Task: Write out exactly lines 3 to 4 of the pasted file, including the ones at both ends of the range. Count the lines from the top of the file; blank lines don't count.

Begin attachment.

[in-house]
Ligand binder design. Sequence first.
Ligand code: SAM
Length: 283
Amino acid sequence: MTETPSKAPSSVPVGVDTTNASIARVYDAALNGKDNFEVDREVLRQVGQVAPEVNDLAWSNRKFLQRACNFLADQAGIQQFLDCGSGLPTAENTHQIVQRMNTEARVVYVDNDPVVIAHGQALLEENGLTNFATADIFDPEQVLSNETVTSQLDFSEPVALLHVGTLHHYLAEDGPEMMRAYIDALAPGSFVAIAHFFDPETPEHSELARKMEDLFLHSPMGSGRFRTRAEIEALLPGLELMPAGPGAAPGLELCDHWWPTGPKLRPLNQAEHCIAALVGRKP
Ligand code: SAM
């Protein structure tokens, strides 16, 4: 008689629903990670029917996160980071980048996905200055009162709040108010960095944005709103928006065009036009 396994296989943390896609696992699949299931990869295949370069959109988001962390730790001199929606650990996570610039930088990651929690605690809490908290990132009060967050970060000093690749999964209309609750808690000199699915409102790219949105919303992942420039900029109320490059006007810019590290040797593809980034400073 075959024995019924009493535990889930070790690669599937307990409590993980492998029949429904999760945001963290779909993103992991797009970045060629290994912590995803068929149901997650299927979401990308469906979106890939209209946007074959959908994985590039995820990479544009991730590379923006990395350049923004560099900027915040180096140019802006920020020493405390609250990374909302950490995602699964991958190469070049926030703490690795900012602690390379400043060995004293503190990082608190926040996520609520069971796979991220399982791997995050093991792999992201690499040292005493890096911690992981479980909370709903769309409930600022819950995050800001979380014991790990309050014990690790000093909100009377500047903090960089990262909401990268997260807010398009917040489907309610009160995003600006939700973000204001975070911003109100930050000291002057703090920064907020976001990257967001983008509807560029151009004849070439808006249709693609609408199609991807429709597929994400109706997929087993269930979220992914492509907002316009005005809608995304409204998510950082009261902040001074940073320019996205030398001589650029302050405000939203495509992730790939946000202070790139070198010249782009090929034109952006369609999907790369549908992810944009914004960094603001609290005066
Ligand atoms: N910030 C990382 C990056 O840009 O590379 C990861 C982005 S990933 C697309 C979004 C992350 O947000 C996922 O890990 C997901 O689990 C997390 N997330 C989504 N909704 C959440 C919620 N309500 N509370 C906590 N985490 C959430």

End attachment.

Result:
Ligand code: SAM
Length: 283